'For Flaubert, the intellectual became a kind of tourist through life, recirculating cliches. It's a very false portrait. It's compelling and it's an obvious danger, but it's not the only alternative. You need a discipline, a sense of personal vocation, some sense of affiliation outside yourself and your career. It's about social justice - there is no sophisticated way of putting that. It has to do with morality in the end. If you lose touch with that, you become just a careerist. I have no time for those intellectuals who just think their job is to sustain their positions. There is an intellectual vocation and it involves risk.'

This vocation he regards as 'benign and connective'. The intellectual exists to remind us of essential virtues, such as justice, and to join rather than divide people. He speaks of heroes such as Bertrand Russell, Jean-Paul Sartre and, latterly, Noam Chomsky, all of whom tried to combine their high academic role with a vocation to act in the world. People who 'aspire to a kind of universalism and who are an antidote to the blandness and consumerism and the packaging that takes place'.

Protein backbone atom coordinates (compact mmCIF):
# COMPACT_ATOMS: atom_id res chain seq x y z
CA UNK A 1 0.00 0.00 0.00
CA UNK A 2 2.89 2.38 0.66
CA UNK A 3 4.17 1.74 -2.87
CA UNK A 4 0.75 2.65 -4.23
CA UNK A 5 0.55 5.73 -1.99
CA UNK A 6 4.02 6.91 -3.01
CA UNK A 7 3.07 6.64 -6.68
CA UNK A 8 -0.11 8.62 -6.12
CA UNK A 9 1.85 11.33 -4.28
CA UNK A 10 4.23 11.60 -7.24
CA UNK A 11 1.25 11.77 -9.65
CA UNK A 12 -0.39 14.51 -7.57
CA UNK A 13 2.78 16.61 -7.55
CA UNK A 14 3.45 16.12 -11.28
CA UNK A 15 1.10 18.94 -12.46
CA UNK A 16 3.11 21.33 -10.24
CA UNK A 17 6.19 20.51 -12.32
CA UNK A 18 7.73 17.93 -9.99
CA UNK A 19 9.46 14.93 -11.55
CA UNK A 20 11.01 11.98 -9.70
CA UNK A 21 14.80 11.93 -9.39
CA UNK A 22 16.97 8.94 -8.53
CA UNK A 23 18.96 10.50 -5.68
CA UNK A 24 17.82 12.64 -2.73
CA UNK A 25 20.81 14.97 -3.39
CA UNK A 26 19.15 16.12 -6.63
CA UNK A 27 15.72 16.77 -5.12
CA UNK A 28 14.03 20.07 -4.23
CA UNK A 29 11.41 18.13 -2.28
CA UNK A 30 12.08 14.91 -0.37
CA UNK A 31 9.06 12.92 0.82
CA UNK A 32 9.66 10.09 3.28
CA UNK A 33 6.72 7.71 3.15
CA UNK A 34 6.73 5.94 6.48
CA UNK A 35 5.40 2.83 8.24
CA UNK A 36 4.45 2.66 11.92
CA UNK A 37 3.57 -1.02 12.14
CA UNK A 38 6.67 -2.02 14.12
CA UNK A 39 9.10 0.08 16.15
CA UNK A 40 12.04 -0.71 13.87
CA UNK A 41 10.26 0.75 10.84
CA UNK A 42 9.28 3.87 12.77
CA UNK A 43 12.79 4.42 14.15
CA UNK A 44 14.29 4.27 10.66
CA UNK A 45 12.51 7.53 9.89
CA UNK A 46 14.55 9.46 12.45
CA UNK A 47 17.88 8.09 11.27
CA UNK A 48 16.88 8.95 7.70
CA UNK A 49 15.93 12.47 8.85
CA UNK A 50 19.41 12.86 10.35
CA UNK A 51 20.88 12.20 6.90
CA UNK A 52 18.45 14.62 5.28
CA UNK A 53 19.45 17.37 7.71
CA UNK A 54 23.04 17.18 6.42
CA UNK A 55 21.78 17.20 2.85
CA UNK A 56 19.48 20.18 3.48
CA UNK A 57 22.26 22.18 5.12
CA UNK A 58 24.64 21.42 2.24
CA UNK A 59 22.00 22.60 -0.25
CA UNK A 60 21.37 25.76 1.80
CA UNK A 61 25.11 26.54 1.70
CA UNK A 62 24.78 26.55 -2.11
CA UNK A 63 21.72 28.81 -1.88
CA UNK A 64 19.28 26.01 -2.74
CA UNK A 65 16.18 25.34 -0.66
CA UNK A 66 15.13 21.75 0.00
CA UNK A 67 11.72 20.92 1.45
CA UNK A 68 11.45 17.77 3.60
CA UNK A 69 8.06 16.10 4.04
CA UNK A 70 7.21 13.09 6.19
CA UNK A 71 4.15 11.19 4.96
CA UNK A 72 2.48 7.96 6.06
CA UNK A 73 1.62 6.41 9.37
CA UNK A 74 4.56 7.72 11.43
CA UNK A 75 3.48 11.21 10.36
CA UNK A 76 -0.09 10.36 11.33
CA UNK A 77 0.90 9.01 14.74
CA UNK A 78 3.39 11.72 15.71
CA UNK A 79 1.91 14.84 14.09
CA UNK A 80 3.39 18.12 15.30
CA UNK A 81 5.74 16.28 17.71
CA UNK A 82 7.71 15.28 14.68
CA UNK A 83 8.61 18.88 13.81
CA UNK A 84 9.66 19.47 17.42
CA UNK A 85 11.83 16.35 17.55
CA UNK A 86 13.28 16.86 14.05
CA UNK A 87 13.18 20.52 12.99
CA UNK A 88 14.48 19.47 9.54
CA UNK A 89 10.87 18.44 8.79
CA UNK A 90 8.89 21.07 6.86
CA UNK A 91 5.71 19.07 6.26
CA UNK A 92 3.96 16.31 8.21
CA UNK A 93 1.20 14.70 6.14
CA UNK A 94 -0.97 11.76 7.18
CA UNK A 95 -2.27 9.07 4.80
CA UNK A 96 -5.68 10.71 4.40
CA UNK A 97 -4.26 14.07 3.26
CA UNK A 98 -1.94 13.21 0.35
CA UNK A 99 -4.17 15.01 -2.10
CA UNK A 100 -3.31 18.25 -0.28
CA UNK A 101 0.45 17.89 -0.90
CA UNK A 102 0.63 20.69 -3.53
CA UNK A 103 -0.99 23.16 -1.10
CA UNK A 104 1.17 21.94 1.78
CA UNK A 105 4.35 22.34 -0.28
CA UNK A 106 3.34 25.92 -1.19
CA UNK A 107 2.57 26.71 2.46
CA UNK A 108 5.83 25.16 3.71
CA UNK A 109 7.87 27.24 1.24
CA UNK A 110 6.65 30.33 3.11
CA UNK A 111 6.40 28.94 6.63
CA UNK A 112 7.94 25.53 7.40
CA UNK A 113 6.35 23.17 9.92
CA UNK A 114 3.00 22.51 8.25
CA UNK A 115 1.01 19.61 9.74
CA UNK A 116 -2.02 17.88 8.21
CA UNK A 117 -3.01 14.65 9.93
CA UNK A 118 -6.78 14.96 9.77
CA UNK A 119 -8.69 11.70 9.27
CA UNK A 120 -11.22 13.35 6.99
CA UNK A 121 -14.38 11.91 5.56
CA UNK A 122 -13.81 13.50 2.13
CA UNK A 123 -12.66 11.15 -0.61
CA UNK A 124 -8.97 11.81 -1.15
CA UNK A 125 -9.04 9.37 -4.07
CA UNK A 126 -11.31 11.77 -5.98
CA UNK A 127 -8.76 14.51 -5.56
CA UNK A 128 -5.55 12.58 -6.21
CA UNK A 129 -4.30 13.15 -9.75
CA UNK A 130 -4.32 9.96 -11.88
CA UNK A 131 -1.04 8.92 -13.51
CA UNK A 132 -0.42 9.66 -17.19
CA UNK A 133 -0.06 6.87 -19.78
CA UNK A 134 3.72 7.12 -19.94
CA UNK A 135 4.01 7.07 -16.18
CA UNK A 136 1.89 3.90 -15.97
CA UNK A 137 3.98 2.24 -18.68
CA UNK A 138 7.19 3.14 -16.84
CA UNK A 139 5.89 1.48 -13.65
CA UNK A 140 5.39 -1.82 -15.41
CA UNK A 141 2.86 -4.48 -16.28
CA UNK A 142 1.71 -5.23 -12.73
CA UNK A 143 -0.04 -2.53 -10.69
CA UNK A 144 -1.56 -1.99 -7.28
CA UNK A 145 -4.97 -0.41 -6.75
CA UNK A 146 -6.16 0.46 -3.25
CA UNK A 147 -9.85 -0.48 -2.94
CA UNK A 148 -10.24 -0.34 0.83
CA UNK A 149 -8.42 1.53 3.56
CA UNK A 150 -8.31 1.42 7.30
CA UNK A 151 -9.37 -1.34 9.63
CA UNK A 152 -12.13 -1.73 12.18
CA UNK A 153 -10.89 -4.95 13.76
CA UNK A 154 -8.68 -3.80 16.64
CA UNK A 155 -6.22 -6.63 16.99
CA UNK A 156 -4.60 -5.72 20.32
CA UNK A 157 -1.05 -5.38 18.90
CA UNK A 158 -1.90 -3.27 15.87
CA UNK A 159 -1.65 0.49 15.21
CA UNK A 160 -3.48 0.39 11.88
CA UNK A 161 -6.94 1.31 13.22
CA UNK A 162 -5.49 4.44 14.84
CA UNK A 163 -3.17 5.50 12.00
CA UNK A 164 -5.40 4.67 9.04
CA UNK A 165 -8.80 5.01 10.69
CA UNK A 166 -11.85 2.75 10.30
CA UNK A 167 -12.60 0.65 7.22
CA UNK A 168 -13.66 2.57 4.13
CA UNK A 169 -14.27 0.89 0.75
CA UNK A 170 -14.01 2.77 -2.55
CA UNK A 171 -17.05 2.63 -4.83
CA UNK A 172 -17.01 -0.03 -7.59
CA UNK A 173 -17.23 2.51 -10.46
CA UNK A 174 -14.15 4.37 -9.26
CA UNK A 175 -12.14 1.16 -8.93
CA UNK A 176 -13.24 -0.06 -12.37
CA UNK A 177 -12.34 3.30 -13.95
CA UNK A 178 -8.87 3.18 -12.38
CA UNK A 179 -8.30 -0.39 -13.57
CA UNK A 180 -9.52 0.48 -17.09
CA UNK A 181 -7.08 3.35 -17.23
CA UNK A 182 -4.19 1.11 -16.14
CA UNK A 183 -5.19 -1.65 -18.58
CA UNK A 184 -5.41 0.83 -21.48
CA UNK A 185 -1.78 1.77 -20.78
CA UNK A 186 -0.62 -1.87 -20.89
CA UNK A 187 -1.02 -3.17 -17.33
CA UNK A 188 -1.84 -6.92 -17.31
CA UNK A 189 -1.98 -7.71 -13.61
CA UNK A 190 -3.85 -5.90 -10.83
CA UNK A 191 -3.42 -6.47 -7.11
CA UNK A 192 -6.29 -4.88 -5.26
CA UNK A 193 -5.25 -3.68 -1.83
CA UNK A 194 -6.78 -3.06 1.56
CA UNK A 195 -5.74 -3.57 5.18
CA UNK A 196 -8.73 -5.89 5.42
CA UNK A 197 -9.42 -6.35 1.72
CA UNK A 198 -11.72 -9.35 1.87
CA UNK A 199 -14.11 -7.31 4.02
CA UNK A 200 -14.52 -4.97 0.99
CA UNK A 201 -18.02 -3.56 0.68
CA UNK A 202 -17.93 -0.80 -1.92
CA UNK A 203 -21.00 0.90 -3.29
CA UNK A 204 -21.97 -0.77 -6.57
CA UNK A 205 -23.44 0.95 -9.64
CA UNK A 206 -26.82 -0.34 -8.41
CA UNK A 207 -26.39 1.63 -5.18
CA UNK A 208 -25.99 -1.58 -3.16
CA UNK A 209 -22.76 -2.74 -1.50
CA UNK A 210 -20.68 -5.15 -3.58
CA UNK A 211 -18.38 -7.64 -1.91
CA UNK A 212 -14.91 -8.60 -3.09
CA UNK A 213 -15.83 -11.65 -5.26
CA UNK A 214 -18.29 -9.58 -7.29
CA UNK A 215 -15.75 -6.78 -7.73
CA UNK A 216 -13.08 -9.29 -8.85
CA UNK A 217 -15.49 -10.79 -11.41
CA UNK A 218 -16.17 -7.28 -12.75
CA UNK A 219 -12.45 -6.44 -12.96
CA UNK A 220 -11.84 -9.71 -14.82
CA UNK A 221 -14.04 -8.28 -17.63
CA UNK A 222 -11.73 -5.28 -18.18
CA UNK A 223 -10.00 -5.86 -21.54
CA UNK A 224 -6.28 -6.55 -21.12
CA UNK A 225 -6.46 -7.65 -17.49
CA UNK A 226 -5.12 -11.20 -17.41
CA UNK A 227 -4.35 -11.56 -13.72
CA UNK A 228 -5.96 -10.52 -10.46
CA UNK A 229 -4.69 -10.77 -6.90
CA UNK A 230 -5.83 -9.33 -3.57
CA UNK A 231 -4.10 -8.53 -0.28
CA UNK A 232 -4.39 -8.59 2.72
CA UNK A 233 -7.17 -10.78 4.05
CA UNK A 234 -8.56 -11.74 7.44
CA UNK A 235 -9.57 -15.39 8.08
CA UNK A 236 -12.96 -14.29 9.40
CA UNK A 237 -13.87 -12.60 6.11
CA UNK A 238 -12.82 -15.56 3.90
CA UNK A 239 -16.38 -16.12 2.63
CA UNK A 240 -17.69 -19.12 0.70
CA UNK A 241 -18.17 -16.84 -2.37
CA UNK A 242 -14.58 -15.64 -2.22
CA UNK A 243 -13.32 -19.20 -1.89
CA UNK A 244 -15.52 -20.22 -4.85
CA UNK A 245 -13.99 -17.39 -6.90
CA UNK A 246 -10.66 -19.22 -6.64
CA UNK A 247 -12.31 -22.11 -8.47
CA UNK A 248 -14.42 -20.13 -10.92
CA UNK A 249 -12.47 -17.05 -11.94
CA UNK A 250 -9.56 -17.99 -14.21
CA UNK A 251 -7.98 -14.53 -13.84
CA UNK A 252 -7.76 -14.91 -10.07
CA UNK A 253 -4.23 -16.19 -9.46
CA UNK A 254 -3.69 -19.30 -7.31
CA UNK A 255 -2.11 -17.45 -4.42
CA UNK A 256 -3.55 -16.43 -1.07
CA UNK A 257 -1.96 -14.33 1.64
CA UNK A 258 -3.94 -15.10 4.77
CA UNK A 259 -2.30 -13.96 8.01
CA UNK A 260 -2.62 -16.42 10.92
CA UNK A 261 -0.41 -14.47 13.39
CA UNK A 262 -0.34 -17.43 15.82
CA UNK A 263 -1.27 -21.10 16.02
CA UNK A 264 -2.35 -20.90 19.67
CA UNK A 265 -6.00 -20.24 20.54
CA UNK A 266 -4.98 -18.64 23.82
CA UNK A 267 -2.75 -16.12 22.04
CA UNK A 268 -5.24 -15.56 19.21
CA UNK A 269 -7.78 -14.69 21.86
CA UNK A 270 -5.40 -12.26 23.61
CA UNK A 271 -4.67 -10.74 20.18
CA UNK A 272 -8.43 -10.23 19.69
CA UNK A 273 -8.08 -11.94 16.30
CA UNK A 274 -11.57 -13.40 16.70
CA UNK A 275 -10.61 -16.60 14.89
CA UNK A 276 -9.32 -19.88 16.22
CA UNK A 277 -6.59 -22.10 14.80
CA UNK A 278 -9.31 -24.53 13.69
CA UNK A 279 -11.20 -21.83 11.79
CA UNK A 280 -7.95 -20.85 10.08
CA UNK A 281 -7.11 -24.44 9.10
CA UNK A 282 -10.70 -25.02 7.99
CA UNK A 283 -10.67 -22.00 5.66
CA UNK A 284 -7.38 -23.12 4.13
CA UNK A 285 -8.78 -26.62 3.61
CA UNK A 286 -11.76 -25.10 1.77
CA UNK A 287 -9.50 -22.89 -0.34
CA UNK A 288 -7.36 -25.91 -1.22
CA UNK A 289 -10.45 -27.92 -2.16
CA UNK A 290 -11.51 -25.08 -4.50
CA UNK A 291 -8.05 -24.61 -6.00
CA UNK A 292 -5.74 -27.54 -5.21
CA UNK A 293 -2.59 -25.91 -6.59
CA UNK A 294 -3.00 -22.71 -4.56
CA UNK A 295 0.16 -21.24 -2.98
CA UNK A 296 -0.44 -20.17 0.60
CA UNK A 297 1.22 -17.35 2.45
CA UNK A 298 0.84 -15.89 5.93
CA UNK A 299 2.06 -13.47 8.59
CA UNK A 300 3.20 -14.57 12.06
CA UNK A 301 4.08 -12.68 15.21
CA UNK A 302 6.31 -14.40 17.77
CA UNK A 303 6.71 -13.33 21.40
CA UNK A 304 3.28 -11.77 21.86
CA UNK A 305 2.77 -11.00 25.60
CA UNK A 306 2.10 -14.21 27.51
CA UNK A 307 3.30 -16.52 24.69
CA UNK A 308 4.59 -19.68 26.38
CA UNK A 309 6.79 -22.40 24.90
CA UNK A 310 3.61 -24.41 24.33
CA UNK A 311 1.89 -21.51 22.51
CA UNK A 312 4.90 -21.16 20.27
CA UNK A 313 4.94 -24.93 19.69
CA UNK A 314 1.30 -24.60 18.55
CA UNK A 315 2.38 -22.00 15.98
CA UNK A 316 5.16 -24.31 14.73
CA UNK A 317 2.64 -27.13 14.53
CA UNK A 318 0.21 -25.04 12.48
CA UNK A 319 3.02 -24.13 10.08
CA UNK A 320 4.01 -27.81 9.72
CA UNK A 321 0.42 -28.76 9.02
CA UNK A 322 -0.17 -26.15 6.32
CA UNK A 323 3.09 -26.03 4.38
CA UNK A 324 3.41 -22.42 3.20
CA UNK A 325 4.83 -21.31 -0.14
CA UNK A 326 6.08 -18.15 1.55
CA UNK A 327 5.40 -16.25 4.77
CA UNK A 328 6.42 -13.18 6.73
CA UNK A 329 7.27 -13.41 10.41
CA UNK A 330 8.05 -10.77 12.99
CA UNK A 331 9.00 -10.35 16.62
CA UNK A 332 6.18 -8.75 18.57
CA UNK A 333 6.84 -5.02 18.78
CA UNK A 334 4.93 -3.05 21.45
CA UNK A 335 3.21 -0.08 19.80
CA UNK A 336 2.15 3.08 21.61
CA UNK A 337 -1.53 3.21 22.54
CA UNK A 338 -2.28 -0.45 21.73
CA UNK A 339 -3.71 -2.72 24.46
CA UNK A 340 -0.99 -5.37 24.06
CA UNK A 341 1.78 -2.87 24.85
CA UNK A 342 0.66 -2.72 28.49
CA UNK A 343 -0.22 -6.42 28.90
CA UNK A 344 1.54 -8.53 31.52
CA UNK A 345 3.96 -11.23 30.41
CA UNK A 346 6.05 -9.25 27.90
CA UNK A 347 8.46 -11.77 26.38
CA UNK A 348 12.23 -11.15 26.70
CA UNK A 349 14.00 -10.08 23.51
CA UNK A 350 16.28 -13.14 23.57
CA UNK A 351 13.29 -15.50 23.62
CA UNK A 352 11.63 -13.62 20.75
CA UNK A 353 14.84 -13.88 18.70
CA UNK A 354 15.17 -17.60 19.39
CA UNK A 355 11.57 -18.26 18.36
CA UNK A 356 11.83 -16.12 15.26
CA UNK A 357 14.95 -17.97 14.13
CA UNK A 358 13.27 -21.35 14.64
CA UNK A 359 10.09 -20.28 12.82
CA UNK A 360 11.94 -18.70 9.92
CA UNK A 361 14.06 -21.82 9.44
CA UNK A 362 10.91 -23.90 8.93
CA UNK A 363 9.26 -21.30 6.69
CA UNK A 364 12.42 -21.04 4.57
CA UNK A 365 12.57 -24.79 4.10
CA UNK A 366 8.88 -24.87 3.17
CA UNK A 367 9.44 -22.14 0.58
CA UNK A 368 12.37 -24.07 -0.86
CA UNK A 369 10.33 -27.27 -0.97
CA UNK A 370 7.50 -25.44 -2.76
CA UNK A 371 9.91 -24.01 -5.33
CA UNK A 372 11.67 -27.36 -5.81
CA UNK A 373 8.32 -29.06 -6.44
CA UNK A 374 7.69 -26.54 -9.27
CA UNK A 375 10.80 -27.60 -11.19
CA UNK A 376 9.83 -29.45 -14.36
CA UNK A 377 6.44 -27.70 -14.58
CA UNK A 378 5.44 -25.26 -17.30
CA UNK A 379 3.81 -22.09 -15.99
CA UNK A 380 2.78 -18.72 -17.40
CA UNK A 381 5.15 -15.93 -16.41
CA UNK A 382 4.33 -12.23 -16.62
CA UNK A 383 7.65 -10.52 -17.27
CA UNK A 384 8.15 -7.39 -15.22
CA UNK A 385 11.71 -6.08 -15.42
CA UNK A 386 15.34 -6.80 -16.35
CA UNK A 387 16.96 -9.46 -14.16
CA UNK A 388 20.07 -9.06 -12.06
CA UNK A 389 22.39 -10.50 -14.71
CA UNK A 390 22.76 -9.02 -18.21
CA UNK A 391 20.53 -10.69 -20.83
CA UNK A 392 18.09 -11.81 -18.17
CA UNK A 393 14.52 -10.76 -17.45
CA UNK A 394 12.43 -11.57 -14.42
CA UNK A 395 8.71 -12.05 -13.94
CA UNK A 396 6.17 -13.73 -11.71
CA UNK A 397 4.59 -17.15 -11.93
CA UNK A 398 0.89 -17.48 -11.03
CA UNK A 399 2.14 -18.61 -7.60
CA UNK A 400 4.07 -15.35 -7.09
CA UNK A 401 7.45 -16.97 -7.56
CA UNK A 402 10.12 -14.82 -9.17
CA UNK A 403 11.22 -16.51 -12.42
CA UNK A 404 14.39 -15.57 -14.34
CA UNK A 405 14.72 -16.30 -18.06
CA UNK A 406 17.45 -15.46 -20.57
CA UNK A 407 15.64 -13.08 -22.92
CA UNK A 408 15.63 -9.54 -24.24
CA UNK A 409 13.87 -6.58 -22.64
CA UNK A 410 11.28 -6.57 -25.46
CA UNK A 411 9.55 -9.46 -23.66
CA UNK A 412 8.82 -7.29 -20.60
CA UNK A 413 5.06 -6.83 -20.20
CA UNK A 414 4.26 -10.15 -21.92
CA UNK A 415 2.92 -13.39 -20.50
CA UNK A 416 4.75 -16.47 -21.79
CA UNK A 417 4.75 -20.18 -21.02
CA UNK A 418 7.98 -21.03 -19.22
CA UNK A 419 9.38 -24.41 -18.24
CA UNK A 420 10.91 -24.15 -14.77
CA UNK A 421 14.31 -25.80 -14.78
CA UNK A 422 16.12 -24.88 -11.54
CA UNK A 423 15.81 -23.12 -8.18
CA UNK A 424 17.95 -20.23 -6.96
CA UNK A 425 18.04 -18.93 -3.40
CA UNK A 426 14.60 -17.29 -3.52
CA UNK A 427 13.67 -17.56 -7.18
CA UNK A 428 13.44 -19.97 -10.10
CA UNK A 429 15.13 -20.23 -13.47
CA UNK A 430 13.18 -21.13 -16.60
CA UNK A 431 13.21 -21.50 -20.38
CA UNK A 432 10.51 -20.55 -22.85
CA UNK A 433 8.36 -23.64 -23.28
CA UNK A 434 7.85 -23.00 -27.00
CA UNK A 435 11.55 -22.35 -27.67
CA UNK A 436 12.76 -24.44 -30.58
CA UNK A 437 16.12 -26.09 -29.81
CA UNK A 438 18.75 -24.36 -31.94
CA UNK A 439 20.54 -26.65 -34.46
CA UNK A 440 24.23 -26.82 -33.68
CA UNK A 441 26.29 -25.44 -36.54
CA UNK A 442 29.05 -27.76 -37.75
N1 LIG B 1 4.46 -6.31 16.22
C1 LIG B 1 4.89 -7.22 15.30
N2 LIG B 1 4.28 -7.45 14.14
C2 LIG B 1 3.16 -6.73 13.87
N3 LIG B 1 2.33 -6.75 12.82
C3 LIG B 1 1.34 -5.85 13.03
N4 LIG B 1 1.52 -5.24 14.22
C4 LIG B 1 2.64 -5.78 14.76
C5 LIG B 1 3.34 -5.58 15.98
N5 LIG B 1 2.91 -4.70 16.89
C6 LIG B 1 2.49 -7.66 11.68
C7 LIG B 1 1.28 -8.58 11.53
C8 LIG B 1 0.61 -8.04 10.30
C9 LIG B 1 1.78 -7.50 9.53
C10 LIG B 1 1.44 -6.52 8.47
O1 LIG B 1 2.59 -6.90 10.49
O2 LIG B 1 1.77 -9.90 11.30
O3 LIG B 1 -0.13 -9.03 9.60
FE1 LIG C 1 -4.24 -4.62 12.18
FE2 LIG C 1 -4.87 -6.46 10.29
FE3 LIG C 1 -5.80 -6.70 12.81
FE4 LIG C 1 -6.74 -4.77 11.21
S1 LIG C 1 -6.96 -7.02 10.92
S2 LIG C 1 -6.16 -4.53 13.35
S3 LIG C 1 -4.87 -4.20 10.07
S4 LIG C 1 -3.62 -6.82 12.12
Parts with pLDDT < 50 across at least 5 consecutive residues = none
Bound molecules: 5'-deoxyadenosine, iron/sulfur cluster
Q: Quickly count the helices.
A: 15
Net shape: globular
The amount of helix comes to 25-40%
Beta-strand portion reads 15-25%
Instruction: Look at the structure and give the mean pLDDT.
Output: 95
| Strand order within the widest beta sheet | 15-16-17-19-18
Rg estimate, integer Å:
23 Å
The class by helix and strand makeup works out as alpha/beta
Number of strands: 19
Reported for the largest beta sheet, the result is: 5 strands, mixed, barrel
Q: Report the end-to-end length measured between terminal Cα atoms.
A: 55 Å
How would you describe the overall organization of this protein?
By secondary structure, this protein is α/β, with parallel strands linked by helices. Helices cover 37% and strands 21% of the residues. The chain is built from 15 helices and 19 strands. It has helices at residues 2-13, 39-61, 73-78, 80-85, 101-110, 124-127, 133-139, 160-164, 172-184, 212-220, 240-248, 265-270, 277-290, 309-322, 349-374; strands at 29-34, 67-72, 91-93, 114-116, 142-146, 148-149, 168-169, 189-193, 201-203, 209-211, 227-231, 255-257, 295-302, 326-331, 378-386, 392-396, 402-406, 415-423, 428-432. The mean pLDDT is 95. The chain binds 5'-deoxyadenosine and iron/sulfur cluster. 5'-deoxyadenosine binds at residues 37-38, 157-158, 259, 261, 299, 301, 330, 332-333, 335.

He is a big, genuinely friendly man, vain certainly and widely known as something of a dandy - if he were working in Britain he would be called a 'champagne socialist'. Yet his interest in what others have to say is real and generous. He is true to his own ideal of intellectual openness and will always take in an argument rather than oppose it. He speaks of the terrible provincialism of America with dismay and has little respect for its politics - he loathed Bush, voted for Clinton, and is now appalled by the result. But, equally, he describes with ecstatic gratitude students in Montana or Texas with their touching thirst for knowledge of the big world of which they know so little.